The Thorny Subject of Revisions

Receiving a translation back covered in tracked changes and comments is never a nice experience because it mainly signals that the client is unhappy with your work. A mistake is a mistake and has to be owned up to and corrected. It’s something you have to learn from to improve your skills and ensure you don’t repeat. And you have to hope that the consequences won’t be too serious and that you don’t lose the client as a result.

But when there are no errors and the red highlights differences in opinion between the translator and the reviser/editor, it’s a whole other ball game. The ensuing argument can turn into a battle between who is right and who is wrong. And although one may emerge the victor, as in table tennis, points can be won by either player along the way.

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A few words about using another’s translation for repeat texts

IMG_0898I’m sure many of you can identify with this scenario: an end client sends an agency similar documents on a regular basis and most are largely the same with just a few tweaks needed here and there to incorporate new information. Sometimes this work is handled by agencies that farm the job out to the first available translator, provide them with a TM and tell them not to touch 100% matches (which they don’t pay for). Sometimes the agencies are quite happy for you to alter the TM and pay a sliding-scale revision rate for matches. Other times the agency sends the work to the same translator year after year, who can then use his or her own TM to do the job. However, in the latter case, the one I’m most familiar with, the preferred usual translator is inevitably not always available, so the document is sent to another translator to process along with copies of previous translations.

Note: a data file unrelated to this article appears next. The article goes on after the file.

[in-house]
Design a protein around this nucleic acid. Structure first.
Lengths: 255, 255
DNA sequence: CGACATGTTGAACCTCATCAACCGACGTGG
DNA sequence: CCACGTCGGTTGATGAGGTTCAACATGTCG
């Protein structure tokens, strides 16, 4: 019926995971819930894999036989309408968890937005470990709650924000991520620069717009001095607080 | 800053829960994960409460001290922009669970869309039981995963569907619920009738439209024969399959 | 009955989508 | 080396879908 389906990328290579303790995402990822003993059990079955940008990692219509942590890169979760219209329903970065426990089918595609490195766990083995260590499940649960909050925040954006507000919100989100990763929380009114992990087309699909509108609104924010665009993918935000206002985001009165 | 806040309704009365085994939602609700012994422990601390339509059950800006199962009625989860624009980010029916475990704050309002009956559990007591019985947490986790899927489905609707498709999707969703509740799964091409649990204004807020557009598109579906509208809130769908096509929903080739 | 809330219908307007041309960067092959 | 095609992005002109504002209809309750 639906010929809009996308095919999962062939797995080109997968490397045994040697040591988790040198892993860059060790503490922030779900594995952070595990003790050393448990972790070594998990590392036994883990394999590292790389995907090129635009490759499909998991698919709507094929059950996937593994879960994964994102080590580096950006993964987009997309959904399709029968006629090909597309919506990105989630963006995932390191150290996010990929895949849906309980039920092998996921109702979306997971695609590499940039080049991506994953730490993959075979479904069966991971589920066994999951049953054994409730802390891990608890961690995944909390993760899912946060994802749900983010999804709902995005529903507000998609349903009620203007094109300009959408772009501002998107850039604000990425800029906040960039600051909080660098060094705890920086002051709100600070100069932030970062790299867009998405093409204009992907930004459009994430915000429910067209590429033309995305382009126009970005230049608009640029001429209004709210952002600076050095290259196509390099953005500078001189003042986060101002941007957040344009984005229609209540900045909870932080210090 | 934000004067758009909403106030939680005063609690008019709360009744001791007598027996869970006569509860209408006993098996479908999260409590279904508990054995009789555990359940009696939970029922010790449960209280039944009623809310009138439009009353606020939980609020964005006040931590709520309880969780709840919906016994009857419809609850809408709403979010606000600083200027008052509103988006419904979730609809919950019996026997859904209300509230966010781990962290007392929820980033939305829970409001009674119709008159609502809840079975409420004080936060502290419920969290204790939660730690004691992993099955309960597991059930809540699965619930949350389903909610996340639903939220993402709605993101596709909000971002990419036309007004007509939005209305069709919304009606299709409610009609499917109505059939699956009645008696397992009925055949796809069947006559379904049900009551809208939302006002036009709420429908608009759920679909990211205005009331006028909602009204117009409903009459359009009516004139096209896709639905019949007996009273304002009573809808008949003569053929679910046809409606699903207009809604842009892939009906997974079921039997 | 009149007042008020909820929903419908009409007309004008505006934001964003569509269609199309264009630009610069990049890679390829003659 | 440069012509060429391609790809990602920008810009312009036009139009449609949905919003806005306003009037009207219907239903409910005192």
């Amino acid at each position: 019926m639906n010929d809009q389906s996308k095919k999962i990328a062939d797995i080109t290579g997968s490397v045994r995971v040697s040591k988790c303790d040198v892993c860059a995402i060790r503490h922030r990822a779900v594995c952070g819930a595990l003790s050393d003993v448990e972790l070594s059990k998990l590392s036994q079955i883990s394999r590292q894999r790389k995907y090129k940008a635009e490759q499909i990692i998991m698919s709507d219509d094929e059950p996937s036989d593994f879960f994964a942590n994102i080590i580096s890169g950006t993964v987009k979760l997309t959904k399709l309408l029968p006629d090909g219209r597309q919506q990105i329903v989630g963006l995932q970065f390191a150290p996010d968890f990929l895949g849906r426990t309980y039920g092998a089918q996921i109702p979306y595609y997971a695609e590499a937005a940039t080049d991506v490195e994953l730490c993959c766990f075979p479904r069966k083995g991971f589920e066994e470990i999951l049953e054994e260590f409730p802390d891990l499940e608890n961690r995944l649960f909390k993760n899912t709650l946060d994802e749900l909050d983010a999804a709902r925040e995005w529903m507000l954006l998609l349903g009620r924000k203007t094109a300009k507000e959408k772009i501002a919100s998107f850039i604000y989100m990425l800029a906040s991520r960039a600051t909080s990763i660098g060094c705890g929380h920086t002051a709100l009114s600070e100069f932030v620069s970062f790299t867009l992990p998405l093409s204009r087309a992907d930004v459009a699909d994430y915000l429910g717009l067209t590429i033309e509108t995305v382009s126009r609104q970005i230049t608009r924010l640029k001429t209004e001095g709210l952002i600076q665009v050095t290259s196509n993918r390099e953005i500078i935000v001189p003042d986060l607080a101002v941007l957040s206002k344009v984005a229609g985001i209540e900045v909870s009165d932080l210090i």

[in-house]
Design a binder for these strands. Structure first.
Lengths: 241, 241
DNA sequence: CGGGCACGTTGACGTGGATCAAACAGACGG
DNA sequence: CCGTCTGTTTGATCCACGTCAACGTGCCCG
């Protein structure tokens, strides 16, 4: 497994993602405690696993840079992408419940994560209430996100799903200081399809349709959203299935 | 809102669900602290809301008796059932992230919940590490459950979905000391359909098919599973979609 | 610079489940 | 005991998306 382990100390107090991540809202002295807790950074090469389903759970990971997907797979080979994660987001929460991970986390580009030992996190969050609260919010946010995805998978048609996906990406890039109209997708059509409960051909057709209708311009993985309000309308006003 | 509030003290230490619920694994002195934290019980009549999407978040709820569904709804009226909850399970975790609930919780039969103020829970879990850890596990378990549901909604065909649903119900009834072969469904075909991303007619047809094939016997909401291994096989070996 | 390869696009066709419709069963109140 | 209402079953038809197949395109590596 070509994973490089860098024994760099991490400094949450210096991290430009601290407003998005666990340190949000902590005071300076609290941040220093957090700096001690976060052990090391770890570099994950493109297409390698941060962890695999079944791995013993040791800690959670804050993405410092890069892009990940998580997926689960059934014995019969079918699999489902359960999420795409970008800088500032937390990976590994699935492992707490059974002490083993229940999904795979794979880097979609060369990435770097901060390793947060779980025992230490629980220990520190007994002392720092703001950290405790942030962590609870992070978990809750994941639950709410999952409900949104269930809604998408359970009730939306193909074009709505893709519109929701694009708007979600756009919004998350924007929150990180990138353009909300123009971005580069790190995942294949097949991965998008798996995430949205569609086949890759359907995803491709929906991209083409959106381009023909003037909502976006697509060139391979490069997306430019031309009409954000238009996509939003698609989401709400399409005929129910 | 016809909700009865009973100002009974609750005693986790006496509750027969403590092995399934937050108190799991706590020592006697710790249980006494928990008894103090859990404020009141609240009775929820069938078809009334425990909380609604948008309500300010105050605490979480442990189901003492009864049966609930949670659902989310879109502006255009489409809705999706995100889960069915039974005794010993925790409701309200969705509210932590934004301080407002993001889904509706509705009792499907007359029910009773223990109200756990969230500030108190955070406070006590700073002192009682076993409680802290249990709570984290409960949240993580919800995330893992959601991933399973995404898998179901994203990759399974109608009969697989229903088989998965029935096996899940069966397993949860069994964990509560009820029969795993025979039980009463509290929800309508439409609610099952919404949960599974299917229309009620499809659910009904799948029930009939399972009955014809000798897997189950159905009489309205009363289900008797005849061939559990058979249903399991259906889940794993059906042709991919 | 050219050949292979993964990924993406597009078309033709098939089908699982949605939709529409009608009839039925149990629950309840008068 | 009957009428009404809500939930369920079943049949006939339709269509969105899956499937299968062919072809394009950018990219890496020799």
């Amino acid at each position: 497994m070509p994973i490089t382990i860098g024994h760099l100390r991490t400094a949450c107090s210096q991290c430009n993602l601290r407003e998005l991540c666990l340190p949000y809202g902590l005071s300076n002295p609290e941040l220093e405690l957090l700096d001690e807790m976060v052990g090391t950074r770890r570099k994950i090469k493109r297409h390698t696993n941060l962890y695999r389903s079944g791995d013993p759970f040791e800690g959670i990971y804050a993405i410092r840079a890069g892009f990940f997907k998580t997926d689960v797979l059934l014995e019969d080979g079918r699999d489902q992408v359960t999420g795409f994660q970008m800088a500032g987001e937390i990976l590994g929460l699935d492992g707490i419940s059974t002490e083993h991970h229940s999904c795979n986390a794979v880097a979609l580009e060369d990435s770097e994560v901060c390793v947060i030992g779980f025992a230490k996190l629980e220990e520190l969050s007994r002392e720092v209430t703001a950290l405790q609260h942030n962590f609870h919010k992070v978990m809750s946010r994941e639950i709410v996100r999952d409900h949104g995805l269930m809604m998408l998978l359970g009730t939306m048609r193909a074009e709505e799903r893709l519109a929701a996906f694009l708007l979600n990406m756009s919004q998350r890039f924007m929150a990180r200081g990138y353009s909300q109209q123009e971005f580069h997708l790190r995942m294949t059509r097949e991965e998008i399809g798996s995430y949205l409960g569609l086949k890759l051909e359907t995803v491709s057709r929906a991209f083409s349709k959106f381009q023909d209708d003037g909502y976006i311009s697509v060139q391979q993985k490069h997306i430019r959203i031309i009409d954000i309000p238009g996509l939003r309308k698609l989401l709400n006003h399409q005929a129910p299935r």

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Bite-sized Tips No. 6: Common Mistakes Part 2 – Data is or Data are?

Common Mistakes in Papers for Publication Part 2 – Data is or Data are?

IMG_0213This second instalment of common mistakes I encounter when revising and editing texts that have been written by non-native speakers of English kicks off with “data”. Should it be followed by a singular or a plural verb? I’ll base my response to this on the New Oxford Style Manual, as this is the style guide I use for my work, but I’ll also check The Chicago Manual of Style to see if it differs.

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Bite-sized Tips No. 1: Common Mistakes Part 1

Common Mistakes in Papers for Publication Part 1

Books 7The services I offer include editing papers for publication. As most of these have been written directly into English by Spanish university researchers, more often than not they contain a number of errors. In this first of what I hope will be many blog posts on the subject, I have highlighted ten mistakes which crop up again and again. I base my work on the New Oxford Style Manual, but I have also indicated the preference of The Chicago Manual of Style where this differs.

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